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Dr. Daniel Pipes: Denying Terrorism

Update : Murder of Christian family in New Jersey
February 8, 2005

Ostrich Authorities Deny Domestic Terrorism
By Daniel Pipes | February 8, 2005

Anyone following the investigation into the mid-January slaughter of the Armanious family (husband, wife, two young daughters), Copts living in Jersey City, N.J., knows who the presumptive suspects are: Islamists furious at a Christian Egyptian immigrant who dares engage in Internet polemics against Islam and who attempts to convert Muslims to Christianity.

The authorities, however, have blinded themselves to the extensive circumstantial evidence, insisting that "no facts at this point" substantiate a religious motive for the murders.

Somehow, the prosecutor missed that all four members of this quiet family were savagely executed in the ritualistic Islamist way (multiple knife attacks and near-beheading); that Jersey City has a record of Islamist activism and jihadi violence; and that an Islamist website,, carried multiple threats against Hossam Armanious ("we are going to track you down like a chicken and kill you").

Law enforcement seems more concerned to avoid an anti-Muslim backlash than to find the culprits.

This attitude of denial fits an all-too-common pattern. I have previously documented a reluctance in nearby New York City to see as terrorism the 1994 Brooklyn Bridge ("road rage" was the FBI's preferred description) and the 1997 Empire State Building shootings ("many, many enemies in his mind," said Rudolph Giuliani). Likewise, the July 2002 LAX murders were initially dismissed as "a work dispute" and the October 2002 rampage of the Beltway snipers went unexplained, leaving the media to ascribe it to such factors as a "stormy [family] relationship."

These instances are part of a yet-larger pattern.

The 1990 murder of Rabbi Meir Kahane by the Islamist El Sayyid A. Nosair was initially ascribed by the police to "a prescription drug for or consistent with depression."

The 1999 crash of EgyptAir 990, killing 217 by a co-pilot not supposed to be near the aircraft's controls at that time who eleven times repeated "I rely on God" as he wrenched the plane down went conspicuously unexplained by the National Transportation Safety Board (NTSB).

The 2002 purposeful crash of a small plane into a Tampa high-rise by bin Laden-sympathizer Charles Bishara Bishop went unexplained; the family chimed in by blaming the acne drug Accutane.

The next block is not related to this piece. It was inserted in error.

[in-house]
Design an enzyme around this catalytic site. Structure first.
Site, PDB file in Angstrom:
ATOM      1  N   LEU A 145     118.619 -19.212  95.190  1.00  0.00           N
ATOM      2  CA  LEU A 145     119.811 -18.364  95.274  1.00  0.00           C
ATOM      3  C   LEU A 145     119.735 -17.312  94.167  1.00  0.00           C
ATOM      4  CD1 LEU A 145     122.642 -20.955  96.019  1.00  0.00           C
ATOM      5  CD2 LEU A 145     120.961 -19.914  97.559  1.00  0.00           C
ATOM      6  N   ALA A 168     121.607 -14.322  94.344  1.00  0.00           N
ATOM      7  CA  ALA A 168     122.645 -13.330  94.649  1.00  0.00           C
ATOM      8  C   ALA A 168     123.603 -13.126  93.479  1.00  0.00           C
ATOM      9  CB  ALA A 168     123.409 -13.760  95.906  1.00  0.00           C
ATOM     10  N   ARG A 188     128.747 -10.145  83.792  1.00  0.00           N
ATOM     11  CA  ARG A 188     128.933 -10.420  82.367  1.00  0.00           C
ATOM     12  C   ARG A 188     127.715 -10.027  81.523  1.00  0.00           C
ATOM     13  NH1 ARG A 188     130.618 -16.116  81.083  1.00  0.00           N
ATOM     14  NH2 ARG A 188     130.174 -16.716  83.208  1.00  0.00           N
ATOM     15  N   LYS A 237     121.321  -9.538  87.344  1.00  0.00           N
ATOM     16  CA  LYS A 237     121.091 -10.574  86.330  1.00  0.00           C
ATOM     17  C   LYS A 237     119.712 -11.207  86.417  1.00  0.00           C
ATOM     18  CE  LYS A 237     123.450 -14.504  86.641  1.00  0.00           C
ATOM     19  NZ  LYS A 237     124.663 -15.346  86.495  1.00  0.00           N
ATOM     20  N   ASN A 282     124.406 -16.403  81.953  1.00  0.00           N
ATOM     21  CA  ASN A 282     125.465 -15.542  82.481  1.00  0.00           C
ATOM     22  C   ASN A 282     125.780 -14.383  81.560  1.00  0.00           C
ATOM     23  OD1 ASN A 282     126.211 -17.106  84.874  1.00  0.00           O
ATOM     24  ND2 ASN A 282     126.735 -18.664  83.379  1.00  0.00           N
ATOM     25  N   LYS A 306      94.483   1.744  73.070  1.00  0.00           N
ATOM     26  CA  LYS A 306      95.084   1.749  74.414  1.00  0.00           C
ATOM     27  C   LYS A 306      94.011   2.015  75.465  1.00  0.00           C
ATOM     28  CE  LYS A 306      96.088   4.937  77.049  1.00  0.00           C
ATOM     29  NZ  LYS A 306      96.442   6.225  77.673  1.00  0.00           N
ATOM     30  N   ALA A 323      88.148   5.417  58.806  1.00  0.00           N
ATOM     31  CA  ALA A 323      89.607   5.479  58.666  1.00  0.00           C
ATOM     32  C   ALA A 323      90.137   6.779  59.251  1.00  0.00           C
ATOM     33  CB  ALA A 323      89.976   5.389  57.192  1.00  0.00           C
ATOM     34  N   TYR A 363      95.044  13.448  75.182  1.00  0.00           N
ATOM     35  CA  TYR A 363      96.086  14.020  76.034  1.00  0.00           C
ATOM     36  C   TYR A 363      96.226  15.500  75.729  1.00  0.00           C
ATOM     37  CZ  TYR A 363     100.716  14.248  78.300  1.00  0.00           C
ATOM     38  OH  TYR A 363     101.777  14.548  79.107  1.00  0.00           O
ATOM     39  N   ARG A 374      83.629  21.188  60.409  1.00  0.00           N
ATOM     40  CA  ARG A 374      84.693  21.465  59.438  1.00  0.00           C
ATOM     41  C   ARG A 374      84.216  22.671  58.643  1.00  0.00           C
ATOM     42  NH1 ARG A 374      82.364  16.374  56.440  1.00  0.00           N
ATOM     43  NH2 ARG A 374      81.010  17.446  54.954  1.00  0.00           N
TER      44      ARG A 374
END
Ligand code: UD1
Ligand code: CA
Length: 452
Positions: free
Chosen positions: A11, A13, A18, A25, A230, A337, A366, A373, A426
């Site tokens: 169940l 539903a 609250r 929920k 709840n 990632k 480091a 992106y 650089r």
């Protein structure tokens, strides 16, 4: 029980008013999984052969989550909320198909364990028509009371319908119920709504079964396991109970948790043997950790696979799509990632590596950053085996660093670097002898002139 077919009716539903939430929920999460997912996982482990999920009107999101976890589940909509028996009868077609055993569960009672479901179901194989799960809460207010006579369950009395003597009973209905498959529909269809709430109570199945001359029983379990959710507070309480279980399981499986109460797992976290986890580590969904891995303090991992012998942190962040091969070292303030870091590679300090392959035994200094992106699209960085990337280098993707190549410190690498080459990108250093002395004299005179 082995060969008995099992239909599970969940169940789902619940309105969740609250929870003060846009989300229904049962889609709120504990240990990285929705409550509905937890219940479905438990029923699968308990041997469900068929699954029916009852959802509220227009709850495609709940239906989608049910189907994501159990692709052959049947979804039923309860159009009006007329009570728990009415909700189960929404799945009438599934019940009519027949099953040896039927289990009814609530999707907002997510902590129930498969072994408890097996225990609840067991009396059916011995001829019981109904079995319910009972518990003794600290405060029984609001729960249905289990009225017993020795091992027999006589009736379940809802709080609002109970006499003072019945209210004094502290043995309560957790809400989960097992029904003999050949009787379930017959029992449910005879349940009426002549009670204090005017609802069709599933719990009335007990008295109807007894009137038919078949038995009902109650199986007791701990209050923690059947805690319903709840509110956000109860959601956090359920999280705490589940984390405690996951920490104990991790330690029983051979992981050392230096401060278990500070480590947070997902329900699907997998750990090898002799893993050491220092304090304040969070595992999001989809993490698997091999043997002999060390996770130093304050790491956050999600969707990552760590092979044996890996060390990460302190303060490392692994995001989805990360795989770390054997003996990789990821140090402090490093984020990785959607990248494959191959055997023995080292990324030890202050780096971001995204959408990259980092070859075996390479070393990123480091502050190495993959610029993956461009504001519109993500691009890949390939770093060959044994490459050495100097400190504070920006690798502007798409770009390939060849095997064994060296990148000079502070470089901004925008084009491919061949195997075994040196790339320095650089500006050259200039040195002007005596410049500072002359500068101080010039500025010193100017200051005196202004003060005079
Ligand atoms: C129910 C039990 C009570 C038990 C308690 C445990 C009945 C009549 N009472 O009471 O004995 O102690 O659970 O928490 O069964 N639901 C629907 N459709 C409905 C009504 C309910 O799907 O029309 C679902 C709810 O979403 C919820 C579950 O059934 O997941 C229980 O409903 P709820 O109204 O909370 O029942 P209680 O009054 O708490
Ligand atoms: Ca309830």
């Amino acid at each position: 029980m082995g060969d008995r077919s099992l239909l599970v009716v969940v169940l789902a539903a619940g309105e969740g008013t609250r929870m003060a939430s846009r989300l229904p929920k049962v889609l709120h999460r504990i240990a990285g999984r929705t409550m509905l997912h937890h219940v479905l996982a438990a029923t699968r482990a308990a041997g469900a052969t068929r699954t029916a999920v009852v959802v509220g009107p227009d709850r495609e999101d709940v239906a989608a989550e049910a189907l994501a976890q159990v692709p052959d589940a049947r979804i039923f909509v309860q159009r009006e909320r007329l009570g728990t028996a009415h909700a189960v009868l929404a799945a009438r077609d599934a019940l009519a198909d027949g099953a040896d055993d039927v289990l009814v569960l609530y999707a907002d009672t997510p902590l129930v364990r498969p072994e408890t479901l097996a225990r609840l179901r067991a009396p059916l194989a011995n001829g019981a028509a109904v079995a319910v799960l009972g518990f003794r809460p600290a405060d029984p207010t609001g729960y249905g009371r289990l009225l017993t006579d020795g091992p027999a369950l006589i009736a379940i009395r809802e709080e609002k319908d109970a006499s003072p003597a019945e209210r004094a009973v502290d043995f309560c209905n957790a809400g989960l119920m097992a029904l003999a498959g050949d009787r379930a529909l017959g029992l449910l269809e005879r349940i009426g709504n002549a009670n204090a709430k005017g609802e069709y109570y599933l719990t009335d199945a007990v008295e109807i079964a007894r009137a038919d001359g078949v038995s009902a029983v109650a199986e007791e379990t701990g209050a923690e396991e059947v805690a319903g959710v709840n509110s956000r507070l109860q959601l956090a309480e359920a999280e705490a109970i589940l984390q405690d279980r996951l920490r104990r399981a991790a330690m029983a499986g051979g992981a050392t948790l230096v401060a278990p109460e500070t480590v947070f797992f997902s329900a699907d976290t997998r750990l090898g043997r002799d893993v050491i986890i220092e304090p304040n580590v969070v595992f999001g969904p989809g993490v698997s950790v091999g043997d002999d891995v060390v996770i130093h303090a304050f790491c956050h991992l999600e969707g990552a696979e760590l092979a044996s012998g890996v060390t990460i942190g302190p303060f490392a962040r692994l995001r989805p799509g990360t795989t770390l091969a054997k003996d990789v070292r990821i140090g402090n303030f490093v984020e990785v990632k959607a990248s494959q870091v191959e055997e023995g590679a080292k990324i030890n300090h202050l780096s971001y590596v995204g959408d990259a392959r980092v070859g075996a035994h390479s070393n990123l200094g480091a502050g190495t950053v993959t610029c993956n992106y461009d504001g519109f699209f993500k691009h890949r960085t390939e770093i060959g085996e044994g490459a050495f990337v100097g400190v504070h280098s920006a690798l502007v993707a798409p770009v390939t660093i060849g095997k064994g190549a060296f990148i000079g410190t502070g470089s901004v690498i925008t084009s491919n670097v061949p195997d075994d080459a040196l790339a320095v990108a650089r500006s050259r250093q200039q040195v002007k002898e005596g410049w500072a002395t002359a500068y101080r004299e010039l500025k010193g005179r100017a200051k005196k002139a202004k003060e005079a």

The 2003 murder and near-decapitation in Houston of an Israeli by a former Saudi friend who had newly become an Islamist found the police unable to discern "any evidence" that the crime had anything to do with religion.

Nor is this a problem unique to American authorities. Other examples include:

The 1993 attack on foreign guests dining at the Semiramis Hotel in Cairo, killing five, accompanied by the Islamist cry "Allahu Akbar," inspired the Egyptian government to dismiss the killer as insane.

The 2000 attack on a bus of visibly Jewish schoolchildren near Paris by a hammer-wielding North African yelling "You're not in Tel-Aviv!" prompted police to describe the assault resulting from a traffic incident.

The 2003 fire that gutted the Merkaz HaTorah Jewish secondary school in a Paris suburb, requiring 100 firefighters to douse the flames, was described by the French minister of interior as being merely of "criminal origin."

The 2004 murder of a Hasidic Jew with no criminal record as he walked an Antwerp street near a predominantly Muslim area left the Belgian authorities stumped: "There are no signs that racism was involved."

I have cited thirteen cases here and provide information on further incidents on my weblog. Why this repeated unease acknowledging Islamist terrorism by the authorities, why the shameful denial?

And for that matter, why a similar unwillingness to face facts about right-wing extremists, as in the 2002 murder by a cursing skinhead of a Hasidic Jew outside a kosher pizzeria in Toronto, which the police did not find to rate as a hate crime?

Because terrorism has much greater implications than prescription drugs going awry, road rage, lunatics acting berserk, or freak industrial accidents. Those can be shrugged off. Islamist terrorism, in contrast, requires an analysis of jihadi motives and a focus on Muslims, steps highly unwelcome to authorities.